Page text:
1. Preparation: Address the Potential for Flooding

    It really makes no sense to paint a basement floor where flooding is a likelihood. Evaluate the floor and take whatever steps necessary to prevent flooding. This may include sloping the ground soil around the exterior of the foundation away from the structure, and ensuring that the gutters are clear and pointed away from the walls. If the home has drain tile and a sump pump, make sure they are in good working order. If flooding has been an issue and your home has no sump pump system, consider investing in one before even considering floor treatments for the basement.

  2. Preparation: Manage Humidity

    Since they are situated below ground level, basements often have high levels of humidity due to condensation. If there is too much moisture in the air, it can slow the rate at which the paint dries, or cause it to cure incorrectly. Habitually humid basements can be prone to peeling paint, as well as mold and mildew growing on walls and in rugs. If your basement is humid, consider adding a dehumidifer, both to assist the paint in drying and for making the basement drier and more comfortable as a living space.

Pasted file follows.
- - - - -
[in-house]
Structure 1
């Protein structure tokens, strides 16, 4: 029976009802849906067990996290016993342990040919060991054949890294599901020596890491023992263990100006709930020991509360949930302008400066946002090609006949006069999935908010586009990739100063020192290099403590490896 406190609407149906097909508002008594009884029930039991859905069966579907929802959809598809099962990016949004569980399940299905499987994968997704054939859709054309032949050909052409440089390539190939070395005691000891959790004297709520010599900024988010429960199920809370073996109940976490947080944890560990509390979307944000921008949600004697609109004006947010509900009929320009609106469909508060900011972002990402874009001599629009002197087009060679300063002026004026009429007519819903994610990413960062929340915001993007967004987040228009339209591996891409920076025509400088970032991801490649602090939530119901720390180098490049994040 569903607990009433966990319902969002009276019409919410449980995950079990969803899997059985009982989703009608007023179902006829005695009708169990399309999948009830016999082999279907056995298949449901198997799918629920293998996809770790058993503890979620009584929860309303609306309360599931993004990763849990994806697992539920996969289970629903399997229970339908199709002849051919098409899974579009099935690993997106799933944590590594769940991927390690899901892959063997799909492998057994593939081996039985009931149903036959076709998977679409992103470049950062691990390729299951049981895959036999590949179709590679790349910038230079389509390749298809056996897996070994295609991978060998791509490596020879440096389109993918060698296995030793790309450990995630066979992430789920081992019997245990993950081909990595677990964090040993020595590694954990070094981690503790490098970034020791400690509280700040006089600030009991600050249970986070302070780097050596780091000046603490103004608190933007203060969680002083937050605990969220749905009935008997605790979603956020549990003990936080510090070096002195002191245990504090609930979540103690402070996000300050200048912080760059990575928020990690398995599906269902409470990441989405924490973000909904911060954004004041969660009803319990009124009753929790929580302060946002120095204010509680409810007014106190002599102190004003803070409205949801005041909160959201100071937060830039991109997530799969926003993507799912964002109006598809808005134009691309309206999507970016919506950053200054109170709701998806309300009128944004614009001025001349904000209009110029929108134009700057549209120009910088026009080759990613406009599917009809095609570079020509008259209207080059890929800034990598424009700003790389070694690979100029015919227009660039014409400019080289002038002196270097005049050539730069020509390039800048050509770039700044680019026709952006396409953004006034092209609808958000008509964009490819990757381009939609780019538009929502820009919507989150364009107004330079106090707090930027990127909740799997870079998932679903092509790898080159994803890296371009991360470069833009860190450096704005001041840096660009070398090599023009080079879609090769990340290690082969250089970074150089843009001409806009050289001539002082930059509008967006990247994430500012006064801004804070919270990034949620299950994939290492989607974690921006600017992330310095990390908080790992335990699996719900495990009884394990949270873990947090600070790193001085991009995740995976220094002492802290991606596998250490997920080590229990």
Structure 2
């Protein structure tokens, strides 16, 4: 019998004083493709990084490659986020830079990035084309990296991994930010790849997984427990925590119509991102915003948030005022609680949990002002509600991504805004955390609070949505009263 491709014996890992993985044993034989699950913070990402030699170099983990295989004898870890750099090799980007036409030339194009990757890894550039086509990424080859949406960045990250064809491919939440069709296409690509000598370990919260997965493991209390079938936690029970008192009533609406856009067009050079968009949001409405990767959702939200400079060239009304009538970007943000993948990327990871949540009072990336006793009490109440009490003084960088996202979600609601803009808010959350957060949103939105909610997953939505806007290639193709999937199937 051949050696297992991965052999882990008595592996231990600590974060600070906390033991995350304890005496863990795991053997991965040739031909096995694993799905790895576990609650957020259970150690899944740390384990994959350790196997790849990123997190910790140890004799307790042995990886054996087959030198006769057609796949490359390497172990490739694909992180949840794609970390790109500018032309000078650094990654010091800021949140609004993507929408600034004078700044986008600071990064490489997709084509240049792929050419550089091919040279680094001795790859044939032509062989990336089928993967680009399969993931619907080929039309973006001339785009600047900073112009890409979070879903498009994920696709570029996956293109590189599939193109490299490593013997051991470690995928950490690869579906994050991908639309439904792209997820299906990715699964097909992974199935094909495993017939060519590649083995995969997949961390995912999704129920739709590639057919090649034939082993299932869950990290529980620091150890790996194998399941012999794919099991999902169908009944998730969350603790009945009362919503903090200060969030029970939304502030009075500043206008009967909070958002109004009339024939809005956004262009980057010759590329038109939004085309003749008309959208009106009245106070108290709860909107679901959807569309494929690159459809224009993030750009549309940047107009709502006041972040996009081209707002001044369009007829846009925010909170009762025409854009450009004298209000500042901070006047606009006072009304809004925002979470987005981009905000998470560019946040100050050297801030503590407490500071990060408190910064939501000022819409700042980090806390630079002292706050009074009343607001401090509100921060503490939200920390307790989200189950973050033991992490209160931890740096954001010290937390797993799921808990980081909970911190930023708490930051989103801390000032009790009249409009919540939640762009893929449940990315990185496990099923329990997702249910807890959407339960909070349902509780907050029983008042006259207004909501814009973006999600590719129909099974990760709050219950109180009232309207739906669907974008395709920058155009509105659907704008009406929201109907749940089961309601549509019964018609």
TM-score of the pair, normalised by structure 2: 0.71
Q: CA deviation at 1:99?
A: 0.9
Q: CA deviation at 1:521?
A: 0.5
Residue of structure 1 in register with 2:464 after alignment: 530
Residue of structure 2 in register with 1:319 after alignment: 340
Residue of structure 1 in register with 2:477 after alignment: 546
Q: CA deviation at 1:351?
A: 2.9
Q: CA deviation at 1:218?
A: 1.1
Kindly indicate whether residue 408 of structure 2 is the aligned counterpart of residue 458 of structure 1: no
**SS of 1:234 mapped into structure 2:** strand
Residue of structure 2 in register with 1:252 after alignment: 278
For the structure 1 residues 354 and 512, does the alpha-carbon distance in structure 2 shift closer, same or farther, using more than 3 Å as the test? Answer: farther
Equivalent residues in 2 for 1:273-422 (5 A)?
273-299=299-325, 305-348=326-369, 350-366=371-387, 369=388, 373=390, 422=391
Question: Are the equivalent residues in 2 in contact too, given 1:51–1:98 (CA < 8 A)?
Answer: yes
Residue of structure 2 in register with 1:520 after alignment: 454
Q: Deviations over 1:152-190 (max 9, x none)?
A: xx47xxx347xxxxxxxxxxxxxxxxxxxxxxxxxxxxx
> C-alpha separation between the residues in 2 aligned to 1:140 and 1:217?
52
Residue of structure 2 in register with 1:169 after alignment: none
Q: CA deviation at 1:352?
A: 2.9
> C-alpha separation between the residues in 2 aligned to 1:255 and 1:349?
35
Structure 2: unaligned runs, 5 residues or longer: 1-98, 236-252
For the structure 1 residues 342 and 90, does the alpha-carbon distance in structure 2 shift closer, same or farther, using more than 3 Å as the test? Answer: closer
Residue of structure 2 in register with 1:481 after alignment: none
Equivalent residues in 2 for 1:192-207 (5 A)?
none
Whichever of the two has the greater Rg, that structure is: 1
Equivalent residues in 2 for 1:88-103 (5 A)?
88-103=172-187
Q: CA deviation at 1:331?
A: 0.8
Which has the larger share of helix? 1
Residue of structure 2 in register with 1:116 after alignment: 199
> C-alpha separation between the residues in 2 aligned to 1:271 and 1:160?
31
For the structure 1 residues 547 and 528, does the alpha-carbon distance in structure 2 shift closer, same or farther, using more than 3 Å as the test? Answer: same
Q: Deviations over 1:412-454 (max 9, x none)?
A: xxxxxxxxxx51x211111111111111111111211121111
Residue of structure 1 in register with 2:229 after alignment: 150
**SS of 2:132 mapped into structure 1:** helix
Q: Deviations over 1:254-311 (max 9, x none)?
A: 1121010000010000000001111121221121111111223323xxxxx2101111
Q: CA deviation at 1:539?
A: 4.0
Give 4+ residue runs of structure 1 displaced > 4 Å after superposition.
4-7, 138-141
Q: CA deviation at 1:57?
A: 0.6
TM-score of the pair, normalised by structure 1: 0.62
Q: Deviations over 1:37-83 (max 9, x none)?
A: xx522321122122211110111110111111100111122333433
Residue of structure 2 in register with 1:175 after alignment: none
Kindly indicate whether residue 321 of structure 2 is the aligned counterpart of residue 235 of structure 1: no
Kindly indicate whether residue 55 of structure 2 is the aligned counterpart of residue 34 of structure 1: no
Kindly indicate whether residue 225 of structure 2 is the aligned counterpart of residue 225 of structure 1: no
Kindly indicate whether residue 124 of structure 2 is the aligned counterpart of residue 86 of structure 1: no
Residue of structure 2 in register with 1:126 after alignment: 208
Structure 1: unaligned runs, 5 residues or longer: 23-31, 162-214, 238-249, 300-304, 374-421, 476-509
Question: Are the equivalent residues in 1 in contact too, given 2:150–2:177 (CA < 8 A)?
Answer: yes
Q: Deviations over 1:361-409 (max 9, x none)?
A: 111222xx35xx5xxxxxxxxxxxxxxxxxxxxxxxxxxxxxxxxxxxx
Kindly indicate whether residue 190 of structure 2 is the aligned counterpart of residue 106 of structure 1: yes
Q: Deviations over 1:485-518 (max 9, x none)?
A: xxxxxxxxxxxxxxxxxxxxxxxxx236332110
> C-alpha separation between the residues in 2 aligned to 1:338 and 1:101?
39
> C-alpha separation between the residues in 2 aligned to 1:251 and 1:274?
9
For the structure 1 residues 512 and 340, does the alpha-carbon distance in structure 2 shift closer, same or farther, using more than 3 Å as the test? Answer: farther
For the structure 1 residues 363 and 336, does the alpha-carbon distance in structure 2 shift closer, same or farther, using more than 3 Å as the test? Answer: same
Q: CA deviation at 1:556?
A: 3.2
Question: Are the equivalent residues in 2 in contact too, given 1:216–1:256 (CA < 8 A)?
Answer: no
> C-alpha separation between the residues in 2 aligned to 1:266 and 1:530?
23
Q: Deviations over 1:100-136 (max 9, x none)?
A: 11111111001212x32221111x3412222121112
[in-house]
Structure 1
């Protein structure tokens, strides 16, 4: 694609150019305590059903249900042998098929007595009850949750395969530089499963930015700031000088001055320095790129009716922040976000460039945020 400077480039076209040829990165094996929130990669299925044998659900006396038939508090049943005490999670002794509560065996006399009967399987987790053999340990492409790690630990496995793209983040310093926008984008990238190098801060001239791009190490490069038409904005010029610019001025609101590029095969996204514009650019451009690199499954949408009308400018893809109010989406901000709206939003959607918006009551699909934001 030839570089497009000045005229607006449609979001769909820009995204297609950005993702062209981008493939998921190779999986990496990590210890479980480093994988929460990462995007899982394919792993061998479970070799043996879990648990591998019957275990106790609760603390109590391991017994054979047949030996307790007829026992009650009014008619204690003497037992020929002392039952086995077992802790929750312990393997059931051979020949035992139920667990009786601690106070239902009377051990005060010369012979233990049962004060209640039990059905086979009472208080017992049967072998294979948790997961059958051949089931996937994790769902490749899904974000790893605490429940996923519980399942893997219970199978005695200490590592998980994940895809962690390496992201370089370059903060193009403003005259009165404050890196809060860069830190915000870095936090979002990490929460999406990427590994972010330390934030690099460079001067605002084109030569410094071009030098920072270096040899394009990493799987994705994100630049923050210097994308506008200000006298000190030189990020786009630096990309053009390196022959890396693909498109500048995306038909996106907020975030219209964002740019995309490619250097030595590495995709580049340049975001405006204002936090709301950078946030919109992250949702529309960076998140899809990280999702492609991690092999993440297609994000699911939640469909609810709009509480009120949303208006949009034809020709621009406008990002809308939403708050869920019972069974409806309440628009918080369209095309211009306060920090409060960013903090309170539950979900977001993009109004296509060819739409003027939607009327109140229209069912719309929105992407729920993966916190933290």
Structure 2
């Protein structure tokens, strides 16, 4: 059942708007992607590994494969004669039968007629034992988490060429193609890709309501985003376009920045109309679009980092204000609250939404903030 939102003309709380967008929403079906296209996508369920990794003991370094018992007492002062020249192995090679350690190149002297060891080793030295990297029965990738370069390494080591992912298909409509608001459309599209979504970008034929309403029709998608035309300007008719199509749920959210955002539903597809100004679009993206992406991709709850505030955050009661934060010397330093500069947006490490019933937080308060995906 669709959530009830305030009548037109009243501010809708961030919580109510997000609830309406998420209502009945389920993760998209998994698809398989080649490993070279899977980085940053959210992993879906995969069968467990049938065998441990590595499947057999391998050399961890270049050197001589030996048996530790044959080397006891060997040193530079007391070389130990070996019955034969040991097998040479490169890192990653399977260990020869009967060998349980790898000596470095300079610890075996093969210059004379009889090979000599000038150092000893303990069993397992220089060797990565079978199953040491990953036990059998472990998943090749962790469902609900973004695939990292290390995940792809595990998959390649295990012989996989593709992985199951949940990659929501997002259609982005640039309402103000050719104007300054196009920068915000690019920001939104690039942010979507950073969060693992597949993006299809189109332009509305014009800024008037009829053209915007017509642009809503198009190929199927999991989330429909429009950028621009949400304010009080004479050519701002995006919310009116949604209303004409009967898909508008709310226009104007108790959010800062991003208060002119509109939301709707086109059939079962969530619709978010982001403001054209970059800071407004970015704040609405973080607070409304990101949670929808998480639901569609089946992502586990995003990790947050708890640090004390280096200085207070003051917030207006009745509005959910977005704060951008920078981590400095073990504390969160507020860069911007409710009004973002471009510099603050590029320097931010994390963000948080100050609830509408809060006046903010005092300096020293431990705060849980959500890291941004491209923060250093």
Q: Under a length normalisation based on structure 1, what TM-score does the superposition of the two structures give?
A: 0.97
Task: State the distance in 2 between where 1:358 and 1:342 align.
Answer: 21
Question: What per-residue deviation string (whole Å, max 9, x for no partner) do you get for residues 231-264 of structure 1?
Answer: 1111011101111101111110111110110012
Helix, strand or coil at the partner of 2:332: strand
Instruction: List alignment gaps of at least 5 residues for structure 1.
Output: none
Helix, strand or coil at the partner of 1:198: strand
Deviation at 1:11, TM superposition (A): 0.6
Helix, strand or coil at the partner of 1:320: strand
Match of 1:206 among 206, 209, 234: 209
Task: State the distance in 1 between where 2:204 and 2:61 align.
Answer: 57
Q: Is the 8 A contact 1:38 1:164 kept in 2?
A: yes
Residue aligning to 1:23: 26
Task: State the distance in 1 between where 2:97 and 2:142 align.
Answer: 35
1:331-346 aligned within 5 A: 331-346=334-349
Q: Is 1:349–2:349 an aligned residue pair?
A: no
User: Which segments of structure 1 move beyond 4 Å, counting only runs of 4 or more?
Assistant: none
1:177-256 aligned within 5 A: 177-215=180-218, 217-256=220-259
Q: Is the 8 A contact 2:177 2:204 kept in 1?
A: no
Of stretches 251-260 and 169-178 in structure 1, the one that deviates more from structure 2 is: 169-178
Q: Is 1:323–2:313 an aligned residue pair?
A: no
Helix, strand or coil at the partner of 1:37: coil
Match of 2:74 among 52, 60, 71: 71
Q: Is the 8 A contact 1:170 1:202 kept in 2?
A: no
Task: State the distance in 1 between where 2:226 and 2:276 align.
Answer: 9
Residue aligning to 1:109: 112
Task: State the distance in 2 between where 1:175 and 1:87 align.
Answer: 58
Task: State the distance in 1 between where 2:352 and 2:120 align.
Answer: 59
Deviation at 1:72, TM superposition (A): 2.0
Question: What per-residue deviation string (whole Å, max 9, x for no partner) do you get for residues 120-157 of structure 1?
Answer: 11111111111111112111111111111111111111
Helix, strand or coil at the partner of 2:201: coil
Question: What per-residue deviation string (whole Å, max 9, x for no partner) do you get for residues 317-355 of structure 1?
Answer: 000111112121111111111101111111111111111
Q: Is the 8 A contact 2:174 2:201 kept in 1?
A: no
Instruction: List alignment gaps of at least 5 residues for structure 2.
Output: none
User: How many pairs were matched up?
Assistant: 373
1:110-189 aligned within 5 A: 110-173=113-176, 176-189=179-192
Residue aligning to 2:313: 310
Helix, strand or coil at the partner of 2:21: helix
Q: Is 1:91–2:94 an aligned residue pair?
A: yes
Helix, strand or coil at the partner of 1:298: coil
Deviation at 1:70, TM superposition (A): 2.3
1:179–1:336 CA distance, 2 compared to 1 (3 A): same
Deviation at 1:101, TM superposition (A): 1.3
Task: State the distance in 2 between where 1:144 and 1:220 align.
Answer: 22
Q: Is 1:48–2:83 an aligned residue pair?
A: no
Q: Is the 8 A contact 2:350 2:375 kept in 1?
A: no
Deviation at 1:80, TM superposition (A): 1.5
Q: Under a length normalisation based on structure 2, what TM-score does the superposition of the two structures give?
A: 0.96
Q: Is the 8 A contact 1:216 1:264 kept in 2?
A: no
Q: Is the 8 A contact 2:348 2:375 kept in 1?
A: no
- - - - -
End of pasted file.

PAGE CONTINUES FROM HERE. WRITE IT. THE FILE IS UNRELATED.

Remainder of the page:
3. Preparation: Repair the Floor

    If there are any cracks in the concrete, fill them using a concrete repair compound or patch product. These products are available both in pre-mixed form or as dry powders that are mixed with water; trowel on the repair compound and allow it to dry. After applying patching material, make sure to grind or sand the edges smooth. Likewise, if there are any raised surfaces, those should be sanded or ground down. Cracks and damaged areas will be glaringly obvious once covered with paint, and they can become tripping hazards.